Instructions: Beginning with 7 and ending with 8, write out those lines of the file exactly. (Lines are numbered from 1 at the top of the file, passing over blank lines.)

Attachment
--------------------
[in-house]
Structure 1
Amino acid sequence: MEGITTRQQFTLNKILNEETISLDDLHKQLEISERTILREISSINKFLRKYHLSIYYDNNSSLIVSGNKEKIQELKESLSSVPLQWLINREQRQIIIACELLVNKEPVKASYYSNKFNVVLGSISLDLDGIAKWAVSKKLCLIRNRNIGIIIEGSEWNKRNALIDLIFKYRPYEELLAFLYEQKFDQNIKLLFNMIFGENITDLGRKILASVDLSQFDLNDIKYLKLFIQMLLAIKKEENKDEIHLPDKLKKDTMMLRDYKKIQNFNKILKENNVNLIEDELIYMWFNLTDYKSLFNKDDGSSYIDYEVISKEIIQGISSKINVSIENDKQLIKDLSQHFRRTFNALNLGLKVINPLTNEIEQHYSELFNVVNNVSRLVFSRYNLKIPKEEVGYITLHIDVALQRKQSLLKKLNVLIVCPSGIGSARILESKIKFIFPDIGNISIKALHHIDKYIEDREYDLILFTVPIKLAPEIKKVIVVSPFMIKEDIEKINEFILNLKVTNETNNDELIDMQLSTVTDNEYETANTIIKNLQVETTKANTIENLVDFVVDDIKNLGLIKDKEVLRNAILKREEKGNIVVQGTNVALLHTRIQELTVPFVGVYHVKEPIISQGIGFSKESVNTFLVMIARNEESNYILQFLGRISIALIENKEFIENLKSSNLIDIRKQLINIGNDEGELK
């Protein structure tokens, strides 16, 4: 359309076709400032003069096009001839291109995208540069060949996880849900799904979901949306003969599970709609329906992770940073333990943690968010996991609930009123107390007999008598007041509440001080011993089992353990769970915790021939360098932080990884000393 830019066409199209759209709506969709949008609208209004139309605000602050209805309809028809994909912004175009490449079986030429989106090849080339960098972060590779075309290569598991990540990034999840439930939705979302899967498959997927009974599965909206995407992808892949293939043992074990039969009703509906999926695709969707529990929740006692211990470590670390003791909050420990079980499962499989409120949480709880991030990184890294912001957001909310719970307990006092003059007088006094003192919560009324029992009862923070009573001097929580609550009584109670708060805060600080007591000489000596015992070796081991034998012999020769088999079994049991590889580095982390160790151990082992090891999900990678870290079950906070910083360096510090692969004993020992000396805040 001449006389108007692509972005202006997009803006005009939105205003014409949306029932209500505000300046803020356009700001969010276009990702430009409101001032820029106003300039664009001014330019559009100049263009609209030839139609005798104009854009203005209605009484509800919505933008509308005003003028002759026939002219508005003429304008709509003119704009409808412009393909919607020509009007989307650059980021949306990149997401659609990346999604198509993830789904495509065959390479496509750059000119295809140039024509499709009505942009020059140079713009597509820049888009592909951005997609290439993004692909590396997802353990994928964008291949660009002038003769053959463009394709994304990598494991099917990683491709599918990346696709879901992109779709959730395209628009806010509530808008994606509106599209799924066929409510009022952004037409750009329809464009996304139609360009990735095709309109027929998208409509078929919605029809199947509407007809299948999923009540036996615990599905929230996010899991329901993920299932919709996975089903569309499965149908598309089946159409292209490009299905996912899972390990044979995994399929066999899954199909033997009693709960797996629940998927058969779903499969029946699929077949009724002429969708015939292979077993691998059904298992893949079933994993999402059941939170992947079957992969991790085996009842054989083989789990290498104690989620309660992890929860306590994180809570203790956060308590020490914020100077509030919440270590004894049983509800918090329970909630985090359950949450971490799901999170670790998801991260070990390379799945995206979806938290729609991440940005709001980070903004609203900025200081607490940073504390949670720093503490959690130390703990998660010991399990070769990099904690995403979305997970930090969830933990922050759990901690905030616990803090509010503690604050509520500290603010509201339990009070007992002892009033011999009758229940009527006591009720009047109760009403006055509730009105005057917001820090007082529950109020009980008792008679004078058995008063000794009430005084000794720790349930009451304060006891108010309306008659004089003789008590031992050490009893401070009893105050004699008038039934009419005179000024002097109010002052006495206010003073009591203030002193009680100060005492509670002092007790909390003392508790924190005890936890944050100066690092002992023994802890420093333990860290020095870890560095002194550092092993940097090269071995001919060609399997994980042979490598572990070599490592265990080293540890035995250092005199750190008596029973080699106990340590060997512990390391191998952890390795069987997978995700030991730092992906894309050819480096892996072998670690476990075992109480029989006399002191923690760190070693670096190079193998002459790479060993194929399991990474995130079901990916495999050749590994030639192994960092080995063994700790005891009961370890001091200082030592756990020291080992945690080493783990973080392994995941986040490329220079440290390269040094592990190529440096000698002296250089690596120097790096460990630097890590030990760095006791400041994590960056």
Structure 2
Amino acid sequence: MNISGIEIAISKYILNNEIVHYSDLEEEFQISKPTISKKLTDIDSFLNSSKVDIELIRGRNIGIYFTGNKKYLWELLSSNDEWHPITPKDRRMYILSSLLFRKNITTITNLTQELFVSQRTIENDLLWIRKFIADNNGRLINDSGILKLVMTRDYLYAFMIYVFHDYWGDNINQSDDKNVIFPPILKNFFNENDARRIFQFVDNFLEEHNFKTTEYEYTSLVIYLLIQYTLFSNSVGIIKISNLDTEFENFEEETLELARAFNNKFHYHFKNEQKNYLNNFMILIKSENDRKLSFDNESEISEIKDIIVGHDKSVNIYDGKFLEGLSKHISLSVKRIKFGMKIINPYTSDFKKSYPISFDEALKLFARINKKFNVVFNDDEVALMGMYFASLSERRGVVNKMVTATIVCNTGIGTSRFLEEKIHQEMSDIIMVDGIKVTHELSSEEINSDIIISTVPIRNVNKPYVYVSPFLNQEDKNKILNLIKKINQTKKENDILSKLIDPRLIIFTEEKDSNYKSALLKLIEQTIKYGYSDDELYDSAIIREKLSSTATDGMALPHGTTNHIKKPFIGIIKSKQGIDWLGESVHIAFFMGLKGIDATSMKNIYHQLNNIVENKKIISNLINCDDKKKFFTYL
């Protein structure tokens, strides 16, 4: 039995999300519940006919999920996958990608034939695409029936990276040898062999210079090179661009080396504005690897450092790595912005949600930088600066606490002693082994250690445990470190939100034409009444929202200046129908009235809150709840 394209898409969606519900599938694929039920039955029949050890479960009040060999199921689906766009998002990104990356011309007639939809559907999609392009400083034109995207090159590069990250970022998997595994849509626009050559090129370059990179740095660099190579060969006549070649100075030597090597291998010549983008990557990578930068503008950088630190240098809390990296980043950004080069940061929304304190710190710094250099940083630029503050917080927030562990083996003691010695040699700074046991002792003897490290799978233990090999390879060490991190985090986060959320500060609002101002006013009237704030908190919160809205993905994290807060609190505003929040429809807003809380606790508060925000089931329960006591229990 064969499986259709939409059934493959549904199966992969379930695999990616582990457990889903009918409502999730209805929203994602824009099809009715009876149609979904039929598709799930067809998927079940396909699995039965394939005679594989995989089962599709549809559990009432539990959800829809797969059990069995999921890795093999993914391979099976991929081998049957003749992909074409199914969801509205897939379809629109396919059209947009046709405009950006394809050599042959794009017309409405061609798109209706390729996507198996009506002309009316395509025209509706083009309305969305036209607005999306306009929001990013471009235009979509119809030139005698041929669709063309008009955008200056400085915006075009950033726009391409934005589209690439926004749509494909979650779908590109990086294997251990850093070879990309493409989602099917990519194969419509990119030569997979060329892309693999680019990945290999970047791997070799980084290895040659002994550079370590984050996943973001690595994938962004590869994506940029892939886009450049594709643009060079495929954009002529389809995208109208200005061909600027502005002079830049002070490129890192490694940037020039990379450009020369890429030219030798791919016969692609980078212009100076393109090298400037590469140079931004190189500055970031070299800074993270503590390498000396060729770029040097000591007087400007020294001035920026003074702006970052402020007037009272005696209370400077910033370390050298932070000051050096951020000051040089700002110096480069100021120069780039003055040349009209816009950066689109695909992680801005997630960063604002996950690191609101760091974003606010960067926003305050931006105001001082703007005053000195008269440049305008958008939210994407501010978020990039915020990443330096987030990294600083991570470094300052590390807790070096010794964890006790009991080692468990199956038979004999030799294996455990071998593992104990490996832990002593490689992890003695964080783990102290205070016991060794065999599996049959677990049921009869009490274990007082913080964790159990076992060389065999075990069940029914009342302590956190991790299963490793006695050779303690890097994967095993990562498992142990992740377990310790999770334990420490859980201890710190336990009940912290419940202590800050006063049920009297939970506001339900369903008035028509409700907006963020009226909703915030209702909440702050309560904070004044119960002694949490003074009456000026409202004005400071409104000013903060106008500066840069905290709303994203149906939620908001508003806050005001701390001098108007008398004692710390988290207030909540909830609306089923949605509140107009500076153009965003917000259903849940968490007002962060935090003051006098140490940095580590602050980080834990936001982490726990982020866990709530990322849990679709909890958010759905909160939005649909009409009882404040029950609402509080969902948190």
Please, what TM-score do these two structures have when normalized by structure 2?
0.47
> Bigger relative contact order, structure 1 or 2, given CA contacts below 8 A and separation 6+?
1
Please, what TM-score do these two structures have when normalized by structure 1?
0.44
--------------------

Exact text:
């Protein structure tokens, strides 16, 4: 039995999300519940006919999920996958990608034939695409029936990276040898062999210079090179661009080396504005690897450092790595912005949600930088600066606490002693082994250690445990470190939100034409009444929202200046129908009235809150709840 394209898409969606519900599938694929039920039955029949050890479960009040060999199921689906766009998002990104990356011309007639939809559907999609392009400083034109995207090159590069990250970022998997595994849509626009050559090129370059990179740095660099190579060969006549070649100075030597090597291998010549983008990557990578930068503008950088630190240098809390990296980043950004080069940061929304304190710190710094250099940083630029503050917080927030562990083996003691010695040699700074046991002792003897490290799978233990090999390879060490991190985090986060959320500060609002101002006013009237704030908190919160809205993905994290807060609190505003929040429809807003809380606790508060925000089931329960006591229990 064969499986259709939409059934493959549904199966992969379930695999990616582990457990889903009918409502999730209805929203994602824009099809009715009876149609979904039929598709799930067809998927079940396909699995039965394939005679594989995989089962599709549809559990009432539990959800829809797969059990069995999921890795093999993914391979099976991929081998049957003749992909074409199914969801509205897939379809629109396919059209947009046709405009950006394809050599042959794009017309409405061609798109209706390729996507198996009506002309009316395509025209509706083009309305969305036209607005999306306009929001990013471009235009979509119809030139005698041929669709063309008009955008200056400085915006075009950033726009391409934005589209690439926004749509494909979650779908590109990086294997251990850093070879990309493409989602099917990519194969419509990119030569997979060329892309693999680019990945290999970047791997070799980084290895040659002994550079370590984050996943973001690595994938962004590869994506940029892939886009450049594709643009060079495929954009002529389809995208109208200005061909600027502005002079830049002070490129890192490694940037020039990379450009020369890429030219030798791919016969692609980078212009100076393109090298400037590469140079931004190189500055970031070299800074993270503590390498000396060729770029040097000591007087400007020294001035920026003074702006970052402020007037009272005696209370400077910033370390050298932070000051050096951020000051040089700002110096480069100021120069780039003055040349009209816009950066689109695909992680801005997630960063604002996950690191609101760091974003606010960067926003305050931006105001001082703007005053000195008269440049305008958008939210994407501010978020990039915020990443330096987030990294600083991570470094300052590390807790070096010794964890006790009991080692468990199956038979004999030799294996455990071998593992104990490996832990002593490689992890003695964080783990102290205070016991060794065999599996049959677990049921009869009490274990007082913080964790159990076992060389065999075990069940029914009342302590956190991790299963490793006695050779303690890097994967095993990562498992142990992740377990310790999770334990420490859980201890710190336990009940912290419940202590800050006063049920009297939970506001339900369903008035028509409700907006963020009226909703915030209702909440702050309560904070004044119960002694949490003074009456000026409202004005400071409104000013903060106008500066840069905290709303994203149906939620908001508003806050005001701390001098108007008398004692710390988290207030909540909830609306089923949605509140107009500076153009965003917000259903849940968490007002962060935090003051006098140490940095580590602050980080834990936001982490726990982020866990709530990322849990679709909890958010759905909160939005649909009409009882404040029950609402509080969902948190």
Please, what TM-score do these two structures have when normalized by structure 2?